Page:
Album review: Oly Ralfe – Notes From Another Sea

by Thomas Blake

Oly Ralfe’s piano credentials are undoubted: as the more song-oriented Ralfe Band he created graceful, slightly off-kilter pop, often built around wonky piano melodies whose influences veered from the wild west to the far east, fleshed out with full band backing. But on his first official solo outing he’s taken his instrument and isolated it, in an attempt to find its essence. It is a series of ostensibly introverted studies, stripped away from everything except for that moment of contact between finger and key, and the emotion that can pass between the two.

This is a seriously piano-y piano album. So much ivory that Ralfe could be successfully prosecuted as an elephant poacher. There are two ways you can approach and appraise it. The short track lengths lull you into thinking that these are just Ralfe Band songs with their clothes taken off. Pop music boiled down to its formative cells. But that would be doing Ralfe a disservice as a composer and a performer. This kind of music demands a kind of immersion on the part of the listener to enable it to be appreciated as a complete work. Get to the end, and listen again, and you will hear an overall aesthetic emerge. It is an aesthetic of Romanticism, but it is arrived at in ingenious ways, often via compositional techniques learned from modernism. In this way it is an heir to the work of both Chopin and Satie, and sits comfortably beside the piano works of Yann Tiersen.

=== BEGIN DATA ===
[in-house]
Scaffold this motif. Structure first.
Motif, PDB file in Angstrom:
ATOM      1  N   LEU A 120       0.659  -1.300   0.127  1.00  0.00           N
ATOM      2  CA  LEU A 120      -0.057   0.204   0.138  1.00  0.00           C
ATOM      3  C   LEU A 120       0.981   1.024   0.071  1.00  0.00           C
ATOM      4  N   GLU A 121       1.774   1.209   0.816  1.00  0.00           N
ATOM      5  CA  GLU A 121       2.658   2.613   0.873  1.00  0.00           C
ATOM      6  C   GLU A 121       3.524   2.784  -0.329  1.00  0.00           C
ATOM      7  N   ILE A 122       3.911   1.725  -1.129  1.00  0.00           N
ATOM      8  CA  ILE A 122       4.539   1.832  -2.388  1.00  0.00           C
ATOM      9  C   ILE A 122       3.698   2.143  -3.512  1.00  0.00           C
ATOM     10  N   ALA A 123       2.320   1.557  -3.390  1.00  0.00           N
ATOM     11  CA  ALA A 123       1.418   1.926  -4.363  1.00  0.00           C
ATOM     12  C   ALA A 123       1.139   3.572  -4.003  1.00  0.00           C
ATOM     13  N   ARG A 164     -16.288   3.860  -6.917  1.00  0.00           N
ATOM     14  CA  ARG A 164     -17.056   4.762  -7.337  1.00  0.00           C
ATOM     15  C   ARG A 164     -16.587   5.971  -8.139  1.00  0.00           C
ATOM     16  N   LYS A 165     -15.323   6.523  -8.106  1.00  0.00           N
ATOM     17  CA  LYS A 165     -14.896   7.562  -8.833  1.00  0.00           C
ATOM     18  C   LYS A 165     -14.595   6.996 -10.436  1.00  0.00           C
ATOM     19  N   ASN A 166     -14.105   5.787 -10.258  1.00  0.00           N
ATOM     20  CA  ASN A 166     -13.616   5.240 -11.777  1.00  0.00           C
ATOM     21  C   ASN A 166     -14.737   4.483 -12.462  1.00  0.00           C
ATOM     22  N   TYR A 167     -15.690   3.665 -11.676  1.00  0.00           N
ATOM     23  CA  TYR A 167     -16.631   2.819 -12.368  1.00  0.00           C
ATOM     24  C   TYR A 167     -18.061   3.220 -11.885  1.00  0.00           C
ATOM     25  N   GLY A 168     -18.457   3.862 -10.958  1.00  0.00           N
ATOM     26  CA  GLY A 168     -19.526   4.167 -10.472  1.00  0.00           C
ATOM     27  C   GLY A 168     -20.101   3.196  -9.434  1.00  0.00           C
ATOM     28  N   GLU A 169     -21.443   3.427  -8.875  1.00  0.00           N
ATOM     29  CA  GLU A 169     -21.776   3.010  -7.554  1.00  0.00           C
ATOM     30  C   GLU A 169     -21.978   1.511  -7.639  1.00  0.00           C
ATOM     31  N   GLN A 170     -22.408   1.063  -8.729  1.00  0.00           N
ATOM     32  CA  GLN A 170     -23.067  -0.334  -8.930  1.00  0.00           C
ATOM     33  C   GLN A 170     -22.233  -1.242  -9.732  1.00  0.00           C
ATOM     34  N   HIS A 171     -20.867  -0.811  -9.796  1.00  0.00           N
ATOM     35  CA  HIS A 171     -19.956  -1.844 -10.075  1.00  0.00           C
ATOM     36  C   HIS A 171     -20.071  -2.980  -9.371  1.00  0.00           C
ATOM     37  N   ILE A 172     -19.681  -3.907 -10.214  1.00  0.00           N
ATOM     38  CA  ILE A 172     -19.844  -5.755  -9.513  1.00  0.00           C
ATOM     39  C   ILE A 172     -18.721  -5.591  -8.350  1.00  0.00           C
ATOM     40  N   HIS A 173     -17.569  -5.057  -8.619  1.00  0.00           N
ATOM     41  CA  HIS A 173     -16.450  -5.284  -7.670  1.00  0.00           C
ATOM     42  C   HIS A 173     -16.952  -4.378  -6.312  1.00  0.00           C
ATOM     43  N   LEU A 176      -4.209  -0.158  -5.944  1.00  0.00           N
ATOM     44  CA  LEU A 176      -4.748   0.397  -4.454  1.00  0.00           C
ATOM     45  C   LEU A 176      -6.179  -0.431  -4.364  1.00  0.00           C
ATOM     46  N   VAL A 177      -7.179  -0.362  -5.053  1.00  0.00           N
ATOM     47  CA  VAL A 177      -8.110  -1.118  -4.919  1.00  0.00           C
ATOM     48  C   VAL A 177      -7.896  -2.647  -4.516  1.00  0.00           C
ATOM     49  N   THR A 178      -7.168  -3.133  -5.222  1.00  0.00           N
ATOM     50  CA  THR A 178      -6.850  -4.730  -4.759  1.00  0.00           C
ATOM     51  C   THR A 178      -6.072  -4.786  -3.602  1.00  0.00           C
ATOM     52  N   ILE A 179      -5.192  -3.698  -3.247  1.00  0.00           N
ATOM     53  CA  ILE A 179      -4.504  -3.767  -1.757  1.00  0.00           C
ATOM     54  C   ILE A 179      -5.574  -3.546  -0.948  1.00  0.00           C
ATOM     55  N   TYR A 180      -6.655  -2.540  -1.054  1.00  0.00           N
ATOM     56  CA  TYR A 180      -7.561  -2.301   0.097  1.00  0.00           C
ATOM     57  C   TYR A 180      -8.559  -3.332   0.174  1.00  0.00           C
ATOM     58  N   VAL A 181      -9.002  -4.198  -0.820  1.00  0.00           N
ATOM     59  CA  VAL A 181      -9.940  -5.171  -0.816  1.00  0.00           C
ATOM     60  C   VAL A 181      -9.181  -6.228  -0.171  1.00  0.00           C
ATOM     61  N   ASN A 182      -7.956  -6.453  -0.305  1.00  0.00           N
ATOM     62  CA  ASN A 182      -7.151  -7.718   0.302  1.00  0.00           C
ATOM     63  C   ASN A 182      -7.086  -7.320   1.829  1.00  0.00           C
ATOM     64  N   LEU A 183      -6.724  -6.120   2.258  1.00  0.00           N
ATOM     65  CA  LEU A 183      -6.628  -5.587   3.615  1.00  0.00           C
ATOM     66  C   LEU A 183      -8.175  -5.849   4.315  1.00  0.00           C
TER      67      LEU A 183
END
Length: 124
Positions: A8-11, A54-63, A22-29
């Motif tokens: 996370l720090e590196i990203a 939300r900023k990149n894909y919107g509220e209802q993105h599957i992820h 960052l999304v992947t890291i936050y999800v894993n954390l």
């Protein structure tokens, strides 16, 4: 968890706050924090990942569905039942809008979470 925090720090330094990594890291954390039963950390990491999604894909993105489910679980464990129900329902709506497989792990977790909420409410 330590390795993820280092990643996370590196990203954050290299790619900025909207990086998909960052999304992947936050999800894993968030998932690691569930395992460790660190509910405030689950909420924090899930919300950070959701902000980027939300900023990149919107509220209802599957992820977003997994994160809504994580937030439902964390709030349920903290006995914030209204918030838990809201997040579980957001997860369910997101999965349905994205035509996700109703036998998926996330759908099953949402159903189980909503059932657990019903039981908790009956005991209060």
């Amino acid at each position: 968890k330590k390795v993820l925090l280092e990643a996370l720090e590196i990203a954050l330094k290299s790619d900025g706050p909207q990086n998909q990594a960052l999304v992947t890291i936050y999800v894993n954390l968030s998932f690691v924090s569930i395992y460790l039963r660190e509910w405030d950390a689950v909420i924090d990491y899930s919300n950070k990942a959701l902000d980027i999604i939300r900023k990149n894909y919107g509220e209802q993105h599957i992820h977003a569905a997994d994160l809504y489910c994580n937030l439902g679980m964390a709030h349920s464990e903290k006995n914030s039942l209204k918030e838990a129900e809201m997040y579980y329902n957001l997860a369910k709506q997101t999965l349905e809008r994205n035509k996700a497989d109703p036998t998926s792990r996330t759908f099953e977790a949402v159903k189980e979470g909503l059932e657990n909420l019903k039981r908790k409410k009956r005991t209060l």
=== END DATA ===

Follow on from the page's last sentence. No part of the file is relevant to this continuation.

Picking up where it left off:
It is infused, like so much solo piano music, with palpable melancholy. But like Tiersen, Ralfe has the natural and unpindownable sense for a sudden moment of melodic rapture. That he can pull it off continuously over a series of three-minute bursts, and with enough variation to keep you interested for fourteen tracks is seriously admirable. Icy landscapes (The Swallow Sleeps All Winter and A Forest In The City) sit comfortably alongside pretty (and very French-sounding) waltzes like On My Train and Lantern Waltz. It’s all very lovely, but more than that, it’s an assured set of mini-compositions that bridge the gap between pop and neo-classical without any of the frivolity that either of those genre labels implies.

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